Hi Cory, thank you for your post. I am not a fishing kind of person myself but my uncle is, he literally loves everything about fishing, including eating the fishes once he is done. I read your post and had no idea there was so much info one could learn in regards to fishing. What I am going to do is print the post and give it to uncle Gino, for once I’ve got something that can really make him happy and he won’t feel any more like I don’t pay attention. Thank you

  • Sylvia says:

    Wow, this is quite a chunk of information on fly fishing. I came along your site because I was researching the subject since my partner and I have decided soon the snow here is gone that we are out there going fishing.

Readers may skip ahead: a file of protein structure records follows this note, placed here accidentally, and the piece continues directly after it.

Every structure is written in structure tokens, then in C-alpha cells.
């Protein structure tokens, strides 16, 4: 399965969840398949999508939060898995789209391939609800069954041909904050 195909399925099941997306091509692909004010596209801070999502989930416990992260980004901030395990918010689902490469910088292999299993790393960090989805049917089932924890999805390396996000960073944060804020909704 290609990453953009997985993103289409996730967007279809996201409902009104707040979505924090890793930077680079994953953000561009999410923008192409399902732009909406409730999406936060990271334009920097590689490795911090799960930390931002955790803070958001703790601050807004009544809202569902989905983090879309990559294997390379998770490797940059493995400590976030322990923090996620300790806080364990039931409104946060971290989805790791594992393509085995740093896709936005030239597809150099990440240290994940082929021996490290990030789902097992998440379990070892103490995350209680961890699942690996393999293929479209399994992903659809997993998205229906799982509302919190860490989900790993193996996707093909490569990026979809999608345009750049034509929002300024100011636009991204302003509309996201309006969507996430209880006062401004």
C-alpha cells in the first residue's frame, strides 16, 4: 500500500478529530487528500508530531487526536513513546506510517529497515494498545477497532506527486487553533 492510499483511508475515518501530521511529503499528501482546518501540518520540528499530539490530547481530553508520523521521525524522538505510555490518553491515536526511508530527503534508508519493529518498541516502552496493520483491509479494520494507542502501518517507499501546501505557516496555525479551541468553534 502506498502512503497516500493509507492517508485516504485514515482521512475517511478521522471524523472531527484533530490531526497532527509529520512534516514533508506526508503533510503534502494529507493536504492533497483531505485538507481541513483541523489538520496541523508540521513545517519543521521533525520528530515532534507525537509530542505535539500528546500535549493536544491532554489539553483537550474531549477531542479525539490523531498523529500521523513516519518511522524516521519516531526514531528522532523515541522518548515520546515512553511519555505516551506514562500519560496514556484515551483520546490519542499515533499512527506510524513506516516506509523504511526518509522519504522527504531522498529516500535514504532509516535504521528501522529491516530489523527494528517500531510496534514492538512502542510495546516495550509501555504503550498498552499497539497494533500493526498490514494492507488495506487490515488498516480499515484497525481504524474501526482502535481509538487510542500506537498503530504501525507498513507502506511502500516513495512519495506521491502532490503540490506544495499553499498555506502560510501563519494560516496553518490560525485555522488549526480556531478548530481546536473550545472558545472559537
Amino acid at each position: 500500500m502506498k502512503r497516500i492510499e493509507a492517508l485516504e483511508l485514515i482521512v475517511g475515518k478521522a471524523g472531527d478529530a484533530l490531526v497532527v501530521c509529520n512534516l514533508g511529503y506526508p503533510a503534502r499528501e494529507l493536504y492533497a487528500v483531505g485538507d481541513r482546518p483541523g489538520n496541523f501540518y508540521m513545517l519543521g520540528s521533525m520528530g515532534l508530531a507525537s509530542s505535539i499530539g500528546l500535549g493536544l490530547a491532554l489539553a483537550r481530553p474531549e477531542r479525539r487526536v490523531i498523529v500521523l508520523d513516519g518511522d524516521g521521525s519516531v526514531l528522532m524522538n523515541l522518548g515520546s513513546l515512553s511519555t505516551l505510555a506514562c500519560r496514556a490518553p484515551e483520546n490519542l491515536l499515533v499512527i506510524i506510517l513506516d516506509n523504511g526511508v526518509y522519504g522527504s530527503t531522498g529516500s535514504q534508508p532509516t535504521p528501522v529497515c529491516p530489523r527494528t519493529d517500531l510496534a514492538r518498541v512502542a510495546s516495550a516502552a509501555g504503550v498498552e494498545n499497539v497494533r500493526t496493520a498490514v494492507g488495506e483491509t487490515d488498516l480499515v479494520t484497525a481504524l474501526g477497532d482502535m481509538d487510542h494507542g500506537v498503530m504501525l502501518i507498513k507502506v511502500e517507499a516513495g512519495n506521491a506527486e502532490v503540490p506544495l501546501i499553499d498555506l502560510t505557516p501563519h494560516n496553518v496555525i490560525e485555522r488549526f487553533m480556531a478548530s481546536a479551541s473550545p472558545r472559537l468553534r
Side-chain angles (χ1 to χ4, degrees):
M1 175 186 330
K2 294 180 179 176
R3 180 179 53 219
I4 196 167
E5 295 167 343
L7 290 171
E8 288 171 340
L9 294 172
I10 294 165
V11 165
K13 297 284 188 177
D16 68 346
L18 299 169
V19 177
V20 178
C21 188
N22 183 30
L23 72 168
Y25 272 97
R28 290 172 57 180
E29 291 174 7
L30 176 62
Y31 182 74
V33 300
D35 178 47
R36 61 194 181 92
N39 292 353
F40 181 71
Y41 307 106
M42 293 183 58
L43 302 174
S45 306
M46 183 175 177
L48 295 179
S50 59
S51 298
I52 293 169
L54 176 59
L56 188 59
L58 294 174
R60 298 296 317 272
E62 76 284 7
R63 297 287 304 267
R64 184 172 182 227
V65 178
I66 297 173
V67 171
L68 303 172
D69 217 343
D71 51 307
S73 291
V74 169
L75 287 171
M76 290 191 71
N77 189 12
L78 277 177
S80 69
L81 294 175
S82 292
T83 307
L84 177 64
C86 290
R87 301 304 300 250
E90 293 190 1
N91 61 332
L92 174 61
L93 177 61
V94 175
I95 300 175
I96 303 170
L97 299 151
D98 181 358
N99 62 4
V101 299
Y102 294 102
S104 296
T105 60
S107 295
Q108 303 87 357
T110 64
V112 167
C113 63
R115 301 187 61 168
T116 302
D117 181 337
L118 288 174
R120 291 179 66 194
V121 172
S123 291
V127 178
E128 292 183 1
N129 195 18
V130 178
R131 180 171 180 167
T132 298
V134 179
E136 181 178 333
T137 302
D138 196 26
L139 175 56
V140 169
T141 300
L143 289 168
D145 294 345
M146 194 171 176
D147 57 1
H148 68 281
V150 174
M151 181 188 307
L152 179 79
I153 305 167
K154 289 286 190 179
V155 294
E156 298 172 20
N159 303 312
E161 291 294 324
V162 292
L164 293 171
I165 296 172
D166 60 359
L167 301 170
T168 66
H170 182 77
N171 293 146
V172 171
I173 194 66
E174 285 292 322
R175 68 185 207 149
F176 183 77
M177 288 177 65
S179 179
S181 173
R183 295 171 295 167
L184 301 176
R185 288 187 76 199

However, my partner wants to go fly fishing which I have never done before. I just started out with fishing a couple of years ago, also using real worms.

    However, I really didn’t understand the difference between both when I asked my partner. His explanation was a bit confusing to me. Your article makes it more understandable to me, also how to hold the fishing rod or even to buy the right equipment for fly fishing.

    I will share your site with my partner and I thank you for all the great information.

  • Yormith96 says:

    Hi Cory, thanks so much for putting together this, guidelines on how to start fly fishing and also all the necessary equipment needed to be a successful fly fisherman, as learner like myself about fly fishing, u have just added more knowledge to what I know before now and also u have added to my experience as well, really good job out there cory